Virtually every conversation I have about financial markets lately involves the upcoming Presidential election. That’s no surprise as the prospect for shifts in economic and tax policies after the election is significant regardless of which candidate is your favorite. I will say though, there seems to be a disconnect between the way “Main Street” is viewing the market impact of the election and the way Wall Street is viewing it.
“Main Street,” a term we will use to describe individual investors, widely believes the potential for volatility, if not a market plunge, in a few weeks is significant. The idea we may get a contested election, sweeping changes in tax policy, or riots in the streets has many individual investors convinced a financial market storm is just around the corner.
“Wall Street,” a term we will use to describe the big investment banks and research firms, don’t see it that way. Here are a few examples from recent reports:
JPMorgan’s Global Asset Allocation Group recently increased their overweight to stocks and reduced exposure to fixed income. According to JPMorgan in an October 8th report, “even if the U.S. election result proves to be too close or contested, resulting to a new bout of uncertainty next month, it would not, in our opinion derail an upward medium to longer term trajectory for risk assets.”
Goldman Sachs Asset Management maintains their 3- and 12-month price targets for the S&P 500 of 3600 and 3800 respectively (compared to a level as I type of 3490), implying further upside for stocks. Regardless of your politics, one view is that higher taxes coming from a Biden presidency would be negative for stocks. Goldman differs in their view. In an October 5th report, Goldman states, “…a blue wave (meaning Democratic sweep) would likely prompt us to raise our forecasts. The reason is that it would sharply raise the probability of a fiscal stimulus package of at least $2 trillion shortly after the presidential inauguration on January 20th, followed by longer-term spending increases on infrastructure, climate, health care and education that would at least match the likely longer-term tax increases on corporations and upper income earners.”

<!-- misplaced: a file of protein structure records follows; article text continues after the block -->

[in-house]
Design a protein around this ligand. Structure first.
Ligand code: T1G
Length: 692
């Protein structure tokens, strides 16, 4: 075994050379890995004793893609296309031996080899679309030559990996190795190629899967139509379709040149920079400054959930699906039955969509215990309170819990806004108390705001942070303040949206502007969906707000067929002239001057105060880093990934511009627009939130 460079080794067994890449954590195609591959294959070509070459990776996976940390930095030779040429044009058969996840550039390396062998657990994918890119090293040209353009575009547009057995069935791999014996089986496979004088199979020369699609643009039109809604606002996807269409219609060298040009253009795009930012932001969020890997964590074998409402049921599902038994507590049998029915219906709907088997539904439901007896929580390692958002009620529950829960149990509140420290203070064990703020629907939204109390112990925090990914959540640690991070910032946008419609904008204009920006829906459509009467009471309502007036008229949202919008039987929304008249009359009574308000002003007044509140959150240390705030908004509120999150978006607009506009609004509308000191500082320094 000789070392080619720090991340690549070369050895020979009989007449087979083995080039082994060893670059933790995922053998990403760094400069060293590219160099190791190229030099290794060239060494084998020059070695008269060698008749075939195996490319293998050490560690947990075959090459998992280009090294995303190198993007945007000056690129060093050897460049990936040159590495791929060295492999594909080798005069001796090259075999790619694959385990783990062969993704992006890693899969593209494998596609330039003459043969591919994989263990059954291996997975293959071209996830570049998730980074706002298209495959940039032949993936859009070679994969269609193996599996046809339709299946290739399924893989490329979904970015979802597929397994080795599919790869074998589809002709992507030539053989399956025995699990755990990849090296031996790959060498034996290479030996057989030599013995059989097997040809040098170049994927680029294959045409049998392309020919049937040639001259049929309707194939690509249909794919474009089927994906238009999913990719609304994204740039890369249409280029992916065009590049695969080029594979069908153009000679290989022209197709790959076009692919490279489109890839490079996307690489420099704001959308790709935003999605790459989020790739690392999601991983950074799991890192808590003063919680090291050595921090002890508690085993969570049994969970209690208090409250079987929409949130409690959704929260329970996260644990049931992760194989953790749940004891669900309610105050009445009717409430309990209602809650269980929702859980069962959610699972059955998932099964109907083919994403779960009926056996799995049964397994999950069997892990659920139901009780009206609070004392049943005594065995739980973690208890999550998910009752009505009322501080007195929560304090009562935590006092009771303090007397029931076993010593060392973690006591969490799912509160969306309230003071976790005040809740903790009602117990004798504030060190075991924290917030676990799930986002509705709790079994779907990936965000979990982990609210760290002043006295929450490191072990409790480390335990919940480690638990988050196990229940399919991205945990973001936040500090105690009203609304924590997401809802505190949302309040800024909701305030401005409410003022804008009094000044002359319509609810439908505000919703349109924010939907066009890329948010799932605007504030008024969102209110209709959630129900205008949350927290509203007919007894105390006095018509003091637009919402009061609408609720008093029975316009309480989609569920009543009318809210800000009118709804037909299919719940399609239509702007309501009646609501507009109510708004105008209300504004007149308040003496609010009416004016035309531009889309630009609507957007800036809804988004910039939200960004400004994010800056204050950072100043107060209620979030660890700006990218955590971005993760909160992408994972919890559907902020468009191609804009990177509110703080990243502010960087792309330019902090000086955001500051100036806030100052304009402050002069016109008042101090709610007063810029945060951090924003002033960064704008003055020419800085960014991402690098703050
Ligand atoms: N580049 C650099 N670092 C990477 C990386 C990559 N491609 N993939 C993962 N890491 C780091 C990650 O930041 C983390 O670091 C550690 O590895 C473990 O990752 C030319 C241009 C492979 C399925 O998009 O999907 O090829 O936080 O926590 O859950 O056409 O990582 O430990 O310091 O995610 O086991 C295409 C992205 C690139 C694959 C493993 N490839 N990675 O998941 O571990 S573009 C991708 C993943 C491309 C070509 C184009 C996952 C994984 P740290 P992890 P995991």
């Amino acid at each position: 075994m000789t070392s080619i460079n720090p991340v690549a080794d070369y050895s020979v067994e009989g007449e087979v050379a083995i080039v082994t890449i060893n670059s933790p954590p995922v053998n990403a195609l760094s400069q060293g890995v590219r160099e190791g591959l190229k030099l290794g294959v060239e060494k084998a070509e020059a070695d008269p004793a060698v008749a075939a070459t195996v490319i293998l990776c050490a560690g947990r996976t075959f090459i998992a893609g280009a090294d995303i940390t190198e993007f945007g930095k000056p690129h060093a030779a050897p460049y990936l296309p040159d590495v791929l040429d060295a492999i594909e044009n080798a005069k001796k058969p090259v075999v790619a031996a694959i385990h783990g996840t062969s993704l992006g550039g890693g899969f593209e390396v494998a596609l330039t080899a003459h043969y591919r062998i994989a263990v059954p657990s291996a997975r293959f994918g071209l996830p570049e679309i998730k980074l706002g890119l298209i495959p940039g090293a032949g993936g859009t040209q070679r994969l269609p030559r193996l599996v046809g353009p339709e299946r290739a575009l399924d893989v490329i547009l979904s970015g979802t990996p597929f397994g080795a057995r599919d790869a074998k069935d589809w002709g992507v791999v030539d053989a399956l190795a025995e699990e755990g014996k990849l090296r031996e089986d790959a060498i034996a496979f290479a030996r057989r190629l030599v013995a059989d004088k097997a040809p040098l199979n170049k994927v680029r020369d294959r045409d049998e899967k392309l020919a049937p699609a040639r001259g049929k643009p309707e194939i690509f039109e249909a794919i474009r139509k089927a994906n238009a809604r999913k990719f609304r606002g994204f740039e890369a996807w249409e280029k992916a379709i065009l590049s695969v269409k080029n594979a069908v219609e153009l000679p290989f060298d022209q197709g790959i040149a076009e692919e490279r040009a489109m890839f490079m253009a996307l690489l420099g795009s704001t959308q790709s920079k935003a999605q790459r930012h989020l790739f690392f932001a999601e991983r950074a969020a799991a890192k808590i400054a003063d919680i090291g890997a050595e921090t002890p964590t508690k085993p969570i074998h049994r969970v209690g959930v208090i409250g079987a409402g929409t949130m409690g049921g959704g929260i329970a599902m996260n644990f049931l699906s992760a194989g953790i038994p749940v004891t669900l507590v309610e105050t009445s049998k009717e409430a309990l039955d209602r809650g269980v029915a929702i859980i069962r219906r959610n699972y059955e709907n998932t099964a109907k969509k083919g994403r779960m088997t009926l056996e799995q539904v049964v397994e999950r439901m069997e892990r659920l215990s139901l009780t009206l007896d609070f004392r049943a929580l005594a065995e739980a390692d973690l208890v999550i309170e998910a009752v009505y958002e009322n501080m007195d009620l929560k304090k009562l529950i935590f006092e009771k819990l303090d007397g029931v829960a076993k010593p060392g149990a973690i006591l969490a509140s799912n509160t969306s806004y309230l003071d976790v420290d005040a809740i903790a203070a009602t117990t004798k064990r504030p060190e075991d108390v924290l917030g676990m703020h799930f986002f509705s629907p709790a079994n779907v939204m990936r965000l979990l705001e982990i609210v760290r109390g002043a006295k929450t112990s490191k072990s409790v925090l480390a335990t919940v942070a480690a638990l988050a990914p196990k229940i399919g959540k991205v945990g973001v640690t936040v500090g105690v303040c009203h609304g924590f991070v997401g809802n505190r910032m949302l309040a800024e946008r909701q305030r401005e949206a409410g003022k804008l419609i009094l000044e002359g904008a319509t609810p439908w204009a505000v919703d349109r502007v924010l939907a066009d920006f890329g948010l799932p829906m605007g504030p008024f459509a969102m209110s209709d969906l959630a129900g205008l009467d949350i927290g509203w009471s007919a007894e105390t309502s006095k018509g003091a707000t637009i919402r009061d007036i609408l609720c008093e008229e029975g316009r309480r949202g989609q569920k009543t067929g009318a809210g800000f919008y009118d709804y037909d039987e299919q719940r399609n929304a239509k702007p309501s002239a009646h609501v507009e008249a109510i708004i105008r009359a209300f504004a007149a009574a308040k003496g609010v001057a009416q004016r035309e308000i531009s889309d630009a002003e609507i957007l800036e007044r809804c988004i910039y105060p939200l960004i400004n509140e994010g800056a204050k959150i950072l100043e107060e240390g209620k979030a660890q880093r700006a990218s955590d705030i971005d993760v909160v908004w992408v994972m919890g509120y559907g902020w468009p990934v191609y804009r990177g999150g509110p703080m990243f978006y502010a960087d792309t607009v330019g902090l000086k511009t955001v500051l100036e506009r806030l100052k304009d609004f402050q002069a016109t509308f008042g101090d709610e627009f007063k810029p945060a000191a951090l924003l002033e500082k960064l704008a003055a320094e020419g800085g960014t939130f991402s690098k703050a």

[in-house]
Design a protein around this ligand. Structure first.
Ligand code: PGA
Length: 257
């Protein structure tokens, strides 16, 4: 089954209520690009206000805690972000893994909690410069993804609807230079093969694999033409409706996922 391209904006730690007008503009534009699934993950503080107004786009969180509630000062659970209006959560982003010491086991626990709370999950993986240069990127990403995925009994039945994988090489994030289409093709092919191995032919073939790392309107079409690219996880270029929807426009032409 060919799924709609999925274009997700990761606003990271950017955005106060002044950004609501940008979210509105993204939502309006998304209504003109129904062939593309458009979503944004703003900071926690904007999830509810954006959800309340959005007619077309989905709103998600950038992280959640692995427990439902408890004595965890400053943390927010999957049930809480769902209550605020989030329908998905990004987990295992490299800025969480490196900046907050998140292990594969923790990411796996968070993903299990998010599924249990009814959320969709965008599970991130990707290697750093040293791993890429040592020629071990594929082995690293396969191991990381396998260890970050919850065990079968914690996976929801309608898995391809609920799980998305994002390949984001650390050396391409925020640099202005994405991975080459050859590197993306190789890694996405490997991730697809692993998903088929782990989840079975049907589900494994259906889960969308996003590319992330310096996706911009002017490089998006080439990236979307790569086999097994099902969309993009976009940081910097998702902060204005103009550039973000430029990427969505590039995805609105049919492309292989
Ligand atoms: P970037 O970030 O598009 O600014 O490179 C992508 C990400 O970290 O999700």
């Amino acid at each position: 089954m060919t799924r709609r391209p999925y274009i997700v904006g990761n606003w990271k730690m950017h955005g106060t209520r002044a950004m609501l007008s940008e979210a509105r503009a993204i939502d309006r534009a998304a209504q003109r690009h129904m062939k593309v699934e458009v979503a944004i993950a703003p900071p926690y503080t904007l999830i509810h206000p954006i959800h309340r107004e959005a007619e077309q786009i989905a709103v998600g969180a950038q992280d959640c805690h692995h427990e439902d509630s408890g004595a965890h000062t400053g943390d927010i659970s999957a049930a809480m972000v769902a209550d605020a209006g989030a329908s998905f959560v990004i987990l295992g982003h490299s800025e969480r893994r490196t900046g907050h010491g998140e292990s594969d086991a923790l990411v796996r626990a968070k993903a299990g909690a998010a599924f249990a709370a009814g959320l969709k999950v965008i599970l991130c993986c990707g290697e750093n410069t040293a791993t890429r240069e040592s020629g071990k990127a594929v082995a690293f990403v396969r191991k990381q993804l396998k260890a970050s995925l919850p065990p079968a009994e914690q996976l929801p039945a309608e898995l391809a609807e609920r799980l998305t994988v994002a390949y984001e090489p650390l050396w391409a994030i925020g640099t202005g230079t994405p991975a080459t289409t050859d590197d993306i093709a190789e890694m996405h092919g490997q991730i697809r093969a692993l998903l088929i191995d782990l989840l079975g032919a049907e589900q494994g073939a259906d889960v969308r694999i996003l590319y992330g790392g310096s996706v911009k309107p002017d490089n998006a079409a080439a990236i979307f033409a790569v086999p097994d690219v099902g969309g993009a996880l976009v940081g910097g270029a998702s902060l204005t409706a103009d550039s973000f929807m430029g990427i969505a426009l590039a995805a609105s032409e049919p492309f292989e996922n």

Strategas Research Partners, an independent research firm, has been pointing to a recent broadening out of market leadership. In an October 12 report, Strategas Technical Analyst Chris Verrone said, “75% of S&P 500 constituents are trading above their respective 200-day moving average, the best reading of the recovery and suggestive of a broadening opportunity set…we’d fight the temptation to let the headlines dictate the strategic call – election or no election, COVID or no COVID, stimulus or no stimulus, stocks remain on firm ground.”
So, while many individual investors are getting more cautious, Wall Street is getting more optimistic. Who’s right? We’ll only know for sure a few weeks from now, but there are a few factors we believe support looking past the election:
First, markets hate surprises. Markets move daily and minor corrections can happen anytime (we had a 10% correction in the S&P 500 last month). The big sharp moves which investors are understandably concerned about tend to happen when the market is surprised by something (take a global pandemic for example). The chart below shows that a U.S. Policy Uncertainty index is at a level far higher than around previous elections. We also note options pricing has been pricing in higher volatility in November. In other words, the uncertainty is the certainty everyone is already talking about. It’s not a surprise.
Second, as powerful as a President Trump or a President Biden may be, the most powerful person when it comes to markets may be Fed Chair Jerome Powell. Regardless of who is President, Powell and the Fed are likely to keep interest rates low and continue to provide monetary support and stimulus to the market. Investors may want to fight Biden or Trump, but don’t fight the Fed has historically proven to be good advice for investors. The chart below shows the year over year growth in the money supply…for investors, Strategas quipped, “this may be all you need to know” as a rising money supply means a supportive backdrop for stocks.
Third, for as much as stocks have rallied, fund flows into stocks are not extreme. Since the market lows on March 23, over twice as much money has flowed into bond ETFs (with rates near record lows) as it has into stock ETFs. Whether you look at fund flows, cash on the sidelines, short interest, or other factors, there is a lot of caution already out in the marketplace.
While we may have our own personal views on the election, our job is to be unemotional when our clients are emotional and to apply logic to our client’s investment portfolios and financial plans. We aren’t going to pretend to know what may happen on election night a few weeks from now. What we do know is the portfolios we manage and the financial plans we help create are tools to support our clients’ purpose. In some portfolios, caution may be the right decision in case a “Main Street” scenario plays out while in other portfolios, we may want to position things more in line with “Wall Street.” Regardless of which candidate is declared the President after November 3rd, our job is to make sure our clients are in a position to “win” even if their preferred candidate does not.
This WealthNotes Inform was written by Travis Upton, Partner, CEO and Chief Investment Officer